Pentecostalizing Christianity, by Robert Conner

Observers agree that many churches across Europe and North America
are bleeding members, struggling financially, and are increasingly faced with the choice to close or merge to stay afloat. At the same time, sociologists of religion have noted a clear trend: the center of Christian belief is steadily shifting to the global South. As Christianity withers in Europe and its former colonies in the northern hemisphere, a New Christendom is springing up in Latin America and sub-Saharan Africa. Its brand of Christianity is Pentecostalism.

 

The American Pentecostal movement began on January 1, 1901, when Agnes Ozman, a 30-year-old student at Bethel Bible College in Topeka, Kansas, began “speaking in tongues.” The phenomenon, known as glossolalia, soon spread to thousands of individuals within the Holiness movement, a faction of Methodism. By 1906, charismatic Christianity—so named from charismata iamat┼Źn, gifts of healing, a term used by Paul in 1 Corinthians 12:9, 28 to describe miraculous cures—appeared in an African Methodist Episcopal church in Los Angeles, California. Before long, people “called” to be missionaries were busy spreading the message of Pentecostalism across the globe. In 2015, the Pulitzer Center named Pentecostalism as the fastest growing Christian movement in the world with an estimated 35,000 adult conversions daily.

 

The boundaries of charismatic Christian cults are fuzzy, but broadly speaking, Pentecostals share several basic traits with conservative evangelicals generally, particularly the lack of any central authority—the hierarchy of the Roman Catholic or Orthodox churches, for example—and an unsophisticated, literalist interpretation of scripture. For Pentecostals generally, the Bible simply means what it says and says what it means. Like religious fundamentalists of all stripes, “Pentecostals present a Manichean worldview of good and evil in which human beings are inevitably caught in the epic struggles between good and bad spiritual forces—the contest between God and Satan. Those who survive and flourish in this highly contested dualistic world are those who align with the side that has the supremacy of power…All this spells an unusually intense quest for power via conversion and salvation, in which the stakes are so high that they are approached with the dedication of war, hence the constant language and practices of spiritual warfare.”[1] The tendency for violent metaphor to sanction literal violence among God’s chosen is too well known to need elaboration.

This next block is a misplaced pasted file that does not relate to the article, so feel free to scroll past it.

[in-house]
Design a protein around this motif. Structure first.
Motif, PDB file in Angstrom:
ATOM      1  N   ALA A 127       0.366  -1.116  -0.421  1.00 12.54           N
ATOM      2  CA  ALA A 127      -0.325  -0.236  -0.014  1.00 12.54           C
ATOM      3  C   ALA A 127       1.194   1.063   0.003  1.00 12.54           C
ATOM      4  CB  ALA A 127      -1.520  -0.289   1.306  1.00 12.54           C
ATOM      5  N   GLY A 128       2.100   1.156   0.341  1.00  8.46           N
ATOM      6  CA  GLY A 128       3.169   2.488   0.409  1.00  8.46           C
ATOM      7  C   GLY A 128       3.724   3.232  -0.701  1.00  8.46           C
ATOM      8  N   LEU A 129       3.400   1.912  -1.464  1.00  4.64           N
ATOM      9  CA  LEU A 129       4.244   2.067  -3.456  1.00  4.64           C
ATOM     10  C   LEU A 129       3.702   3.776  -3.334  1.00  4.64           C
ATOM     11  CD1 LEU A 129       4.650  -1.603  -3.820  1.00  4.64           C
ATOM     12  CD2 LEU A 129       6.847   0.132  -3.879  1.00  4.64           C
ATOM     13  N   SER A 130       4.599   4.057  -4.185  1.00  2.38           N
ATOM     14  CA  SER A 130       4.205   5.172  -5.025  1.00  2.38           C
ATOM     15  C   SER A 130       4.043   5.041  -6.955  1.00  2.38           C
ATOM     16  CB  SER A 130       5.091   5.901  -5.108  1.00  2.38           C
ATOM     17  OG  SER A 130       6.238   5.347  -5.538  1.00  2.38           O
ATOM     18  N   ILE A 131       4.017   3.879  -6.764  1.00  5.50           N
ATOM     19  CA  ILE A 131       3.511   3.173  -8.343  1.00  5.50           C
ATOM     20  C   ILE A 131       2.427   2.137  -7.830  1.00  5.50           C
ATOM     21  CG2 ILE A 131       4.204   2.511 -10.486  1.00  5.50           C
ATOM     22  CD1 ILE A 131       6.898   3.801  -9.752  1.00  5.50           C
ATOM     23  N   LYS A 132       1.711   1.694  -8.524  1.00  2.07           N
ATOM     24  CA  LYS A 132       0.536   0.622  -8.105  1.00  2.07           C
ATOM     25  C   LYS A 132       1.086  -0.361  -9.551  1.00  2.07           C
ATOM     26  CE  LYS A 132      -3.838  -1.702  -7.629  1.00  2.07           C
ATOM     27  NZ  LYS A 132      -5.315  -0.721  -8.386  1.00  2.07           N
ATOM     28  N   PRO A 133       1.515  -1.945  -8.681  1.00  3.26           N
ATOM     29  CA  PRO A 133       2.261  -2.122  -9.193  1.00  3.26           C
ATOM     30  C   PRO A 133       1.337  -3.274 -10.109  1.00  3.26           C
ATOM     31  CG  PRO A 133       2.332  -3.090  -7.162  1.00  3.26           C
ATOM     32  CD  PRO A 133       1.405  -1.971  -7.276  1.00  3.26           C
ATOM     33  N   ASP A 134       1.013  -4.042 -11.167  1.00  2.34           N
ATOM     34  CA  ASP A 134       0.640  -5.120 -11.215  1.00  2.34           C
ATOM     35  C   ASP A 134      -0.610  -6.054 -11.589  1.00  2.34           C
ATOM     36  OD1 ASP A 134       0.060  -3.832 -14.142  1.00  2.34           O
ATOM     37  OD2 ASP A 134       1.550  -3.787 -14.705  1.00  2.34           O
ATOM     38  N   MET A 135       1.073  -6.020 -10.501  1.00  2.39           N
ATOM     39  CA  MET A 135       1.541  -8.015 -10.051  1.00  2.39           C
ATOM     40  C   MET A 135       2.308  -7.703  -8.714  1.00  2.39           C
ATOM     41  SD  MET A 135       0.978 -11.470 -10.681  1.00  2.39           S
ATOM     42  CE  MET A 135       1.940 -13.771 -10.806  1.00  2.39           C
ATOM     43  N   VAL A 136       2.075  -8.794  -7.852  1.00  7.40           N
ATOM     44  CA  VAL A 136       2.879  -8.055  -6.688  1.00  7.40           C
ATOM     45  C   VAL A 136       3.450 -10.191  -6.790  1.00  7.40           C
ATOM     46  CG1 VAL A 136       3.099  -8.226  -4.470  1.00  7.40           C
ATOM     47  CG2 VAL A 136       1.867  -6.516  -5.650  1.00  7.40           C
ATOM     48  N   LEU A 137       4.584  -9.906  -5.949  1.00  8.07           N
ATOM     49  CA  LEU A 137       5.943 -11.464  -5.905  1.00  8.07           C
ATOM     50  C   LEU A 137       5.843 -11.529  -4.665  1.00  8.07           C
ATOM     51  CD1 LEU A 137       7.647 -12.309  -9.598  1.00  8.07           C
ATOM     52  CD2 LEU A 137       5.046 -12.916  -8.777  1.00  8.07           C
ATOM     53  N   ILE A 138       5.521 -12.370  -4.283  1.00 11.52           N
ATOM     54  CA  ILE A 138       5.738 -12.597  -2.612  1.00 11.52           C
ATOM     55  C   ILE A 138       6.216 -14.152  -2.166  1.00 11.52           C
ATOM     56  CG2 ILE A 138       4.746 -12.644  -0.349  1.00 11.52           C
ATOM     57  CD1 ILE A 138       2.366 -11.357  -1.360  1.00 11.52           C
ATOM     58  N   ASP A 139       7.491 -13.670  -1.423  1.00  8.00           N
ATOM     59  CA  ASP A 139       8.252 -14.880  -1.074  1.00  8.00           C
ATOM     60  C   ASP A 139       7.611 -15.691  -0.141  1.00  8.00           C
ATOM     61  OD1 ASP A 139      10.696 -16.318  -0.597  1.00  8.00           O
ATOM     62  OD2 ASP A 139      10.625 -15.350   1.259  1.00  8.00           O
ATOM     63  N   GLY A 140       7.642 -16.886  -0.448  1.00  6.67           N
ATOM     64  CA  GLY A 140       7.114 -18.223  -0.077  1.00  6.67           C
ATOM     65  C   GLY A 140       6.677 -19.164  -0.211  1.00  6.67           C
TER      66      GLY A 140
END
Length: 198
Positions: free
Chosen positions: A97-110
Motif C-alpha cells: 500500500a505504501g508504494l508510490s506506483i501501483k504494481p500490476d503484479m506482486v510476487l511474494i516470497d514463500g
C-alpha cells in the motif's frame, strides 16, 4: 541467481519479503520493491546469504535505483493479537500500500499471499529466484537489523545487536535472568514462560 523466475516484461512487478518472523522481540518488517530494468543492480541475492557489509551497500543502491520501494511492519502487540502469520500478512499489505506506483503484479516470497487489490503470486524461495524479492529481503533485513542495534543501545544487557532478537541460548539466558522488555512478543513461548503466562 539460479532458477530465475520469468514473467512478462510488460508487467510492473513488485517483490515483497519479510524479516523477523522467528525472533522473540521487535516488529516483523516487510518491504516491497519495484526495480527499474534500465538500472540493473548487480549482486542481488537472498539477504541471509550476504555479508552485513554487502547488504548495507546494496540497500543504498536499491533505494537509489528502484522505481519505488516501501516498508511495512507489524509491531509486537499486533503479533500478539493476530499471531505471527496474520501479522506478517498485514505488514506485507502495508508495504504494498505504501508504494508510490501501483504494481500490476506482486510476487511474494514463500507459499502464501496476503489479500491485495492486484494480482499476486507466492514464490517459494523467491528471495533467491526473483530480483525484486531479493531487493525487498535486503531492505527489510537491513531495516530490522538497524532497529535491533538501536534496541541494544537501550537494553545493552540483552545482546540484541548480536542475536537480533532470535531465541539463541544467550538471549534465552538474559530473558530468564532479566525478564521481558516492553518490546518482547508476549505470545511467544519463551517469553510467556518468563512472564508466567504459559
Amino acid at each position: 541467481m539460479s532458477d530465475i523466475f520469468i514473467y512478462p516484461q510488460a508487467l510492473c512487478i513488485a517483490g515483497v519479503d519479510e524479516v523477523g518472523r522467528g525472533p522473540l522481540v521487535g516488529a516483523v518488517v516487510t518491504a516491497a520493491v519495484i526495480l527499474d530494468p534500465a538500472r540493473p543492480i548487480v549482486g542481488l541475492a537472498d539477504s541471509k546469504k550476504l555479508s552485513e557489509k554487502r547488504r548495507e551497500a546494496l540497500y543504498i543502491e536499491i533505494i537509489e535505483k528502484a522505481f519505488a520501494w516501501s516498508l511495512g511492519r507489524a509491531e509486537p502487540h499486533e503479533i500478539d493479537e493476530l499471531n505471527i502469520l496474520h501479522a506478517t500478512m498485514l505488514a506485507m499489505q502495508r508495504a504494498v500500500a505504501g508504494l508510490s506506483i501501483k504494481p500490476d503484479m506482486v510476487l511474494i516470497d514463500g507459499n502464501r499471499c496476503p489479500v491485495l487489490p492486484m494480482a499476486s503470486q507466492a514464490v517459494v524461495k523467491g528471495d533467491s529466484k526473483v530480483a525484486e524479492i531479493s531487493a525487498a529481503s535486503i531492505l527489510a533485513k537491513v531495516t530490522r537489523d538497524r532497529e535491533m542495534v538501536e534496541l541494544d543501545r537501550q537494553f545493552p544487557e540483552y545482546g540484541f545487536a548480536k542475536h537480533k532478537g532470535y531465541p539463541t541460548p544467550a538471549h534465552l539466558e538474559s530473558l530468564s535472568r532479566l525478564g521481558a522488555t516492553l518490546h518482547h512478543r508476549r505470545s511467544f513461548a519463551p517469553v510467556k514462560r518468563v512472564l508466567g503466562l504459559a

In stark contrast to the idea of a magisterium as an organizing principle—doctrinal authority originating at the top—“Pentecostal theology holds that religious authority resides in a person with spiritual gifts, not in a religious bureaucracy; relatively low value is placed on theological education or official ordination. This core belief opens up a vast number of opportunities for laypeople and women to serve as preachers, evangelists, and healers in the church.”[2] Pentecostalism’s claim to restore “apostolic” Christianity is valid insofar as it duplicates the role of charismatic preachers in the early Jesus cult: “One of you says, ‘I follow Paul’; another, ‘I follow Apollos’; another, ‘I follow Cephas’; still another, I follow Christ.’” (1 Corinthians 1:12) Quoting author Elle Hardy, a recent article observes, “In terms of temperament, Pentecostalism is very much about what you feel, rather than Scripture or doctrine. That’s the case with a lot of populists as well. Donald Trump speaks off-the-cuff about whatever he feels like that day among his incoherent, inconsistent ideas.”[3]

 

In a conversation about church influence on African politics, theologians Harvey Kwiyani and Abraham Waigi noted that “money-hungry preachers take advantage of gullible, vulnerable and desperate people. In a context like this, money brings power and power brings more money. Political power becomes enticing, especially as a means for some Christian leaders to accumulate riches. However, this is not unique to Africa. It happens in other parts of the world.”[4] The connection between political power and religious authority is ancient: “Samuel took the horn of oil and anointed him in the presence of his brothers, and from that day on the spirit of the Lord came powerfully upon David.” (1 Samuel 16:13) Across the world, politicians crave the endorsement of religious leaders; the hand of religion cynically washes the hand of politics and vice versa to the mutual benefit of each. In turn, preaching becomes politicized, political speech is debased to the level of hate preaching, and populations break into opposing sides arming for battle.